So what Sony allows via ‘Recall Custom hold’ is a sort of best-of-both-worlds: marrying Canon’s flexibility to override multiple settings with Nikon’s ability to assign any button to a number of AF/metering options, not just one particular bank. Canon’s custom controls are so complex and inflexible that you can only assign a button to change and activate an AF mode via ‘Metering and AF start‘ or ‘Recall shooting func‘, which are themselves only available to two buttons: AF-ON and AEL. And That’s it. Read more about it in our 5D IV review, which covers all this in detail.

Sony: you’ve one-upped Canon and Nikon – in an ergonomic regard no less.

The Sony a9, on the other hand, simply affords you 3 banks to allow to quickly switch between 3 different commonly accessed operating modes with utmost ease. Kudos, Sony: you’ve one-upped Canon and Nikon – in an ergonomic regard no less.

This is a powerful feature that allows me, for example, to instantaneously switch between subject tracking AF, complete auto AF when the former fails, Eye AF for portraits, or good old center-focus-and-recompose when everything intelligent fails. All with one button press. That can be the difference between nailing the shot, and missing it.

Memory Recall

But that’s not all that’s different about the a9. Memory Recall functions have been extended to be far more like the Custom modes Canon, Panasonic and Olympus allow – instantly changing most/all camera settings with one switch of the mode dial.

Memory Recall modes on Sony cameras are like ‘Custom’ Modes on Canon, Panasonic, and Olympus cameras – they recall many cameras functions simply by switching to that mode. In the past Sony’s M modes have not been very comprehensive, but the a9 remembers more settings.

Memory Recall now remembers far more features than in previous Sony cameras. Ideally, it’d remember all of them – including button customizations – so as to recall the state of a camera precisely and immediately (as with C modes on certain other brands). This would deal with the simple fact that the set of features one may wish button (or Fn menu) access to in video are typically different those in stills. So, while Memory Recall still isn’t entirely comprehensive, the extended set of settings remembered is welcome and significant.

Below we outline the settings Memory Recall modes save on the a7R II, followed by the additional settings remembered with the a9:

Memory Recall bank options on a7R II
  • Drive Mode
  • Shoot Mode
  • Shutter speed
  • Aperture
  • ISO speed (or Auto)
  • Metering mode
  • Flash mode
  • Aspect Ratio
  • Resolution
  • Quality (Raw/JPEG)
  • Video record setting
  • Video File Format (XAVC S 4K/HD, AVCHD, MP4)
  • AF mode
  • AF area
  • White Balance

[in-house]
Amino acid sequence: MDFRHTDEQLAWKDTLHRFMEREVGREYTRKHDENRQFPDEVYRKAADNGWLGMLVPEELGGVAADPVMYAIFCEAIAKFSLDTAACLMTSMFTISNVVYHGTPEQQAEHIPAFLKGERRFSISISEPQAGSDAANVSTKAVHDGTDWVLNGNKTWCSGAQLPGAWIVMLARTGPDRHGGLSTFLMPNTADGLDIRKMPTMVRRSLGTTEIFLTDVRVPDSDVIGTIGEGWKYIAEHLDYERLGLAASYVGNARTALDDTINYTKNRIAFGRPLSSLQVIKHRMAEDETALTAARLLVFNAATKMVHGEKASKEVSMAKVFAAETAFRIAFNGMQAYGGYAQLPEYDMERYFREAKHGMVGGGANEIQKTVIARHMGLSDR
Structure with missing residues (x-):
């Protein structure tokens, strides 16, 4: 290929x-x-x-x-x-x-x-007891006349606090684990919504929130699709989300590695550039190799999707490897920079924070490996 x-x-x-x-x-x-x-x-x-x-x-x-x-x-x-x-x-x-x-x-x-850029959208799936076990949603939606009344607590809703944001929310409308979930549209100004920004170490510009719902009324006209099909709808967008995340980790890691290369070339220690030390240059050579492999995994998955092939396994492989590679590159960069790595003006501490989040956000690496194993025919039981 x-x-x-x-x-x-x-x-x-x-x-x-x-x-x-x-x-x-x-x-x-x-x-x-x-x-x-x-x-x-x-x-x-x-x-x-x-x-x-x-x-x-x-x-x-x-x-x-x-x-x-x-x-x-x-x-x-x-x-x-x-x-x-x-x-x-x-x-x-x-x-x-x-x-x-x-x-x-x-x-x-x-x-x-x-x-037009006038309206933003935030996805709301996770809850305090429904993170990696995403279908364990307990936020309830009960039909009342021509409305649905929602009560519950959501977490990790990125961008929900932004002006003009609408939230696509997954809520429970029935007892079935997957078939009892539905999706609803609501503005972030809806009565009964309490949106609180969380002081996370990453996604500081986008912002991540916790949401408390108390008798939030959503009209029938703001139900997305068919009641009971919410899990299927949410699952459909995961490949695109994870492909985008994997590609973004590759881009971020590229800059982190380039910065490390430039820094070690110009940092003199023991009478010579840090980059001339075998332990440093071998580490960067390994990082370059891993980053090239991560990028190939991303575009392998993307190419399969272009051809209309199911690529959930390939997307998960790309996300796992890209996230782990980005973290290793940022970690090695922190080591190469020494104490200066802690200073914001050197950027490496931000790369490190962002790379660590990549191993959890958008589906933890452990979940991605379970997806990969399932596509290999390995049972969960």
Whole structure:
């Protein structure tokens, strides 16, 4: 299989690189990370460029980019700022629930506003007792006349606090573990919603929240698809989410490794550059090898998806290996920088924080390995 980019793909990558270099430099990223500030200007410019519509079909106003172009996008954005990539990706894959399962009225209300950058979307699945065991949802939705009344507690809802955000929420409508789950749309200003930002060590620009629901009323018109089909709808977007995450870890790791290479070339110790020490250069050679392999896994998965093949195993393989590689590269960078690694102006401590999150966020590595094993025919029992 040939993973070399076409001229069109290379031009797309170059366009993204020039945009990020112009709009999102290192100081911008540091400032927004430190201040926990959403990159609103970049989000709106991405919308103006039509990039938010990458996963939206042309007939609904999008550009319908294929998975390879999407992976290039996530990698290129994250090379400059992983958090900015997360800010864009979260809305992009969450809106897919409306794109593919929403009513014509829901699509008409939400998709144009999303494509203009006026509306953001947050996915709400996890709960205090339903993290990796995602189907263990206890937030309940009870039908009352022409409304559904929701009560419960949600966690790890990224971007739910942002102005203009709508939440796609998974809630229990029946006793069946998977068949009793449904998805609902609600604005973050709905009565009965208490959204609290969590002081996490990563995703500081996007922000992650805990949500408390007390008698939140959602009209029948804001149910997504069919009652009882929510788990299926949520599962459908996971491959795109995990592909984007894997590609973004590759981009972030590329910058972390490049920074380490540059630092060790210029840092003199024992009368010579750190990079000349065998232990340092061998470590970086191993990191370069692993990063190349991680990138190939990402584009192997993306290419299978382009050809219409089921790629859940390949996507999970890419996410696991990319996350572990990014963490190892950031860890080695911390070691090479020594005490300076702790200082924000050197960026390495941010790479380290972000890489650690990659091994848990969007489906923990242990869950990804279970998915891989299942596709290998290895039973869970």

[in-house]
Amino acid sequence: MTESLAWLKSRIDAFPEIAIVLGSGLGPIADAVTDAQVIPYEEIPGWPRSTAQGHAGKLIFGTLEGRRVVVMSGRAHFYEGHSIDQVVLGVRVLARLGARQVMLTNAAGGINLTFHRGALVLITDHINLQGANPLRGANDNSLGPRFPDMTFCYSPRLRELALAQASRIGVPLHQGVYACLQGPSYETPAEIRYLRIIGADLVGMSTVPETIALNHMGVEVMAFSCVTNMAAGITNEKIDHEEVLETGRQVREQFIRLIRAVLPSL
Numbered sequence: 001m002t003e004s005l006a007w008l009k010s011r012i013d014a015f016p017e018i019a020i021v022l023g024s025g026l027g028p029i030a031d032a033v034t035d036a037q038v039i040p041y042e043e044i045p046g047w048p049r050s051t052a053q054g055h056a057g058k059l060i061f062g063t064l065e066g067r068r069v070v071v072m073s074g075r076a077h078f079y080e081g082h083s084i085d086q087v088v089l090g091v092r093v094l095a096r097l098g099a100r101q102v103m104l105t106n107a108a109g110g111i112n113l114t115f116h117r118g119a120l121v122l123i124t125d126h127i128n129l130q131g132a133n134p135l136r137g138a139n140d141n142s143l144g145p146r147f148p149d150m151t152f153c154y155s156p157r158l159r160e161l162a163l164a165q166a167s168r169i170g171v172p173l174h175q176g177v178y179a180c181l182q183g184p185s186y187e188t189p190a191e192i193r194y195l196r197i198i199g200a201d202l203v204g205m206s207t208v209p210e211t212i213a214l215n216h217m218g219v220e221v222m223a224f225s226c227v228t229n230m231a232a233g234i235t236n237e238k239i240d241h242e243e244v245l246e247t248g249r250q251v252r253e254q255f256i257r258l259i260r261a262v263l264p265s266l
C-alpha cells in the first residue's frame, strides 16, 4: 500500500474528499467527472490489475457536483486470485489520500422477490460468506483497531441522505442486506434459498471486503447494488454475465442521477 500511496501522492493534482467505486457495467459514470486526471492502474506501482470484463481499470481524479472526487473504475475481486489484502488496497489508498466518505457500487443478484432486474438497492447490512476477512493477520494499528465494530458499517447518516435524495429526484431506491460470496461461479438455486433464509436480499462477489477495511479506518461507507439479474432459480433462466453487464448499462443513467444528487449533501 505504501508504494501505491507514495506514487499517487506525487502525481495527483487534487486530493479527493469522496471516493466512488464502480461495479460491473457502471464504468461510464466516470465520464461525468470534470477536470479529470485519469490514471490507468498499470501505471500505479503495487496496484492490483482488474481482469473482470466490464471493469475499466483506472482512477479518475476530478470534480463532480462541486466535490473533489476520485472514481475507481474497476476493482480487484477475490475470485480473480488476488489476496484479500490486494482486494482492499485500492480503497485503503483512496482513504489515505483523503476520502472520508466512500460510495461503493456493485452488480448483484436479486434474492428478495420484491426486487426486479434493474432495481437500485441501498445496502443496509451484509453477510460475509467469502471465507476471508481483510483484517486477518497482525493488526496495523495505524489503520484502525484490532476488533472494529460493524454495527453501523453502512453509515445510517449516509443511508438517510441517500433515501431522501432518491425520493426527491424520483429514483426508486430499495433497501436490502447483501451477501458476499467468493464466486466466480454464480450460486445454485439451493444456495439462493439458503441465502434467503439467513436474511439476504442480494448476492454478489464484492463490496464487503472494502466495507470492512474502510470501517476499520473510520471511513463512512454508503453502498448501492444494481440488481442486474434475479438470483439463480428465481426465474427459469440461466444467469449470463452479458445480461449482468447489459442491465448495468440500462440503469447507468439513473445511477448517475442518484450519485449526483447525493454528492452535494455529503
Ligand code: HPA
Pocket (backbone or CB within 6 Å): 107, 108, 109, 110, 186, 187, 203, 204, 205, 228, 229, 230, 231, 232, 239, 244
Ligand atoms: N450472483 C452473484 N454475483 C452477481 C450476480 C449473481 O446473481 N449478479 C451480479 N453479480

• White Balance fine tune
  • DRO mode
  • Face Detect
  • Creative Style
  • Contrast, Saturation, Sharpening (Creative Style fine tune)
  • Picture Profile
  • Picture Effect
  • Panorama: Direction
  • Dual Video REC
  • Selftimer during Brkt
  • Bracket order
  • Red Eye Reduction
  • AF Illuminator (stills)
  • AF drive speed (movies)
  • AF Track Sensitivity (movies)
  • Exposure step
  • ISO Auto Max
  • ISO Auto Min
  • ISO Auto Min. Shutter Speed
  • Long Exposure NR
  • High ISO NR
  • Center Lock-on AF
  • Soft Skin Effect (stills)
  • Auto Object Framing (stills)
  • SteadyShot (on/off)
  • SteadyShot Adjust (Auto/Manual)
  • SteadyShot Focal Length
  • Color Space (stills)
  • Auto Slow Shut. Speed (movies)
  • Audio Recording (on/off)
  • Audio Rec Level (0-31)
  • Audio Out Timing (Live/Lip Sync)
  • Wind Noise Reduction (on/off)
Additional options on the a9
  • Shutter (Auto, Mech, Elec)
  • Finder frame rate (Hi, Lo)
  • APS-C/Super 35mm (Auto, On, Off)
  • Shading Comp.
  • Chro. Aber. Comp.
  • Distortion Comp.
  • Self-timer Type (Single, Continuous)
  • Bracket Type (Single, Continuous)
  • Priority Set in AF-S (Balanced Emphasis, Release, AF)
  • Priority Set in AF-C
  • Swt. V/H AF Area (Off, AF Point Only, AF Point + AF Area)
  • AF Track Sensitivity, stills (1-5)
  • AF System, adapted lens (PDAF, CDAF)
  • Pre-AF
  • Eye-Start AF
  • AF Area Auto Clear
  • Disp. cont. AF area
  • Reset EV Comp. (Reset, Maintain)
  • Spot Metering Point (Center, AF point)
  • Exposure Std. Adj. (Multi)
  • Exposure Std. Adj. (Center-weighted)
  • Exposure Std. Adj. (Spot)
  • Exposure Std. Adj. (Average)
  • Exposure Std. Adj. (Highlight-weighted)
  • Exp.comp.set (Ambient&flash, Ambient)
  • Priority Set in AWB
  • Focus Magnif. Time
  • Initial Focus Mag.
  • AF in Focus Mag. (stills)
  • MF Assist (stills)
  • Peaking Level
  • Peaking Color
  • S&Q Record Setting (24, 30, 60p)
  • S&Q Frame Rate (120, 60, 30, 15, 8, 4, 2, 1 fps)
  • Marker Display (movies)
  • Video Marker: Center
  • Video Marker: Aspect
  • Video Marker: Safety Zone
  • Video Marker: Guideframe
  • Video Light Mode
  • e-Front Curtain Shut.
  • Release w/o Lens
  • Release w/o Card
  • Zoom Setting (Optical, ClearImage, Digital)
  • DISP Button:Monitor
  • DISP Button:Finder
  • Zebra
  • Grid Line
  • Exposure Set. Guide
  • Live View Display (Setting Effect On/Off)
  • Shoot. Start Disp.
  • Shoot. Timing Disp
  • Cont. Shoot. Length
  • Auto Review

During our shooting event in NYC Carey assigned 1 to Stills (M with Auto ISO, 1/1000s, wide open), 2 to 4K/24p at 1/50s, and 3 to 120 fps S&Q slowed down 5x to 24p with 1/250s shutter speed. This allowed him to quickly switch between stills, 4K, and slow-motion shooting with a quick turn of the mode dial (which remembers 3 banks). This was very helpful during the stressful shooting scenario with multiple sporting events occurring simultaneously.

We hope that in Sony’s next iteration, the camera will also remember button customizations.